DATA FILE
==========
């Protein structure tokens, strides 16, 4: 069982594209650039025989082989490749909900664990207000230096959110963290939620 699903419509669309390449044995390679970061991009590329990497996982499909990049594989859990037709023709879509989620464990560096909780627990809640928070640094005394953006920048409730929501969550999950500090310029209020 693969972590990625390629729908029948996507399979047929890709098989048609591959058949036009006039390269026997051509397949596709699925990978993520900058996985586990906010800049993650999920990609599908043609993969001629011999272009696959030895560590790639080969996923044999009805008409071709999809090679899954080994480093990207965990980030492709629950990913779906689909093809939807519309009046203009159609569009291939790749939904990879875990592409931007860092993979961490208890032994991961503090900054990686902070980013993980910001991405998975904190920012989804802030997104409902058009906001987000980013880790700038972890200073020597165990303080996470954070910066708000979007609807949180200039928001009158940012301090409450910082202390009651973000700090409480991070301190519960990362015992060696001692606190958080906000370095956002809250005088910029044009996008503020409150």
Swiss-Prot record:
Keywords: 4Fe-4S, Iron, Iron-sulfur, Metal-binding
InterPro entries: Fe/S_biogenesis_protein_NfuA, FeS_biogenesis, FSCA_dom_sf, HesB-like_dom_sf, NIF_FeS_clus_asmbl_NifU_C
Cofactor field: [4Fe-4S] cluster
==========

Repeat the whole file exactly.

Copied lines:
């Protein structure tokens, strides 16, 4: 069982594209650039025989082989490749909900664990207000230096959110963290939620 699903419509669309390449044995390679970061991009590329990497996982499909990049594989859990037709023709879509989620464990560096909780627990809640928070640094005394953006920048409730929501969550999950500090310029209020 693969972590990625390629729908029948996507399979047929890709098989048609591959058949036009006039390269026997051509397949596709699925990978993520900058996985586990906010800049993650999920990609599908043609993969001629011999272009696959030895560590790639080969996923044999009805008409071709999809090679899954080994480093990207965990980030492709629950990913779906689909093809939807519309009046203009159609569009291939790749939904990879875990592409931007860092993979961490208890032994991961503090900054990686902070980013993980910001991405998975904190920012989804802030997104409902058009906001987000980013880790700038972890200073020597165990303080996470954070910066708000979007609807949180200039928001009158940012301090409450910082202390009651973000700090409480991070301190519960990362015992060696001692606190958080906000370095956002809250005088910029044009996008503020409150």
Swiss-Prot record:
Keywords: 4Fe-4S, Iron, Iron-sulfur, Metal-binding
InterPro entries: Fe/S_biogenesis_protein_NfuA, FeS_biogenesis, FSCA_dom_sf, HesB-like_dom_sf, NIF_FeS_clus_asmbl_NifU_C
Cofactor field: [4Fe-4S] cluster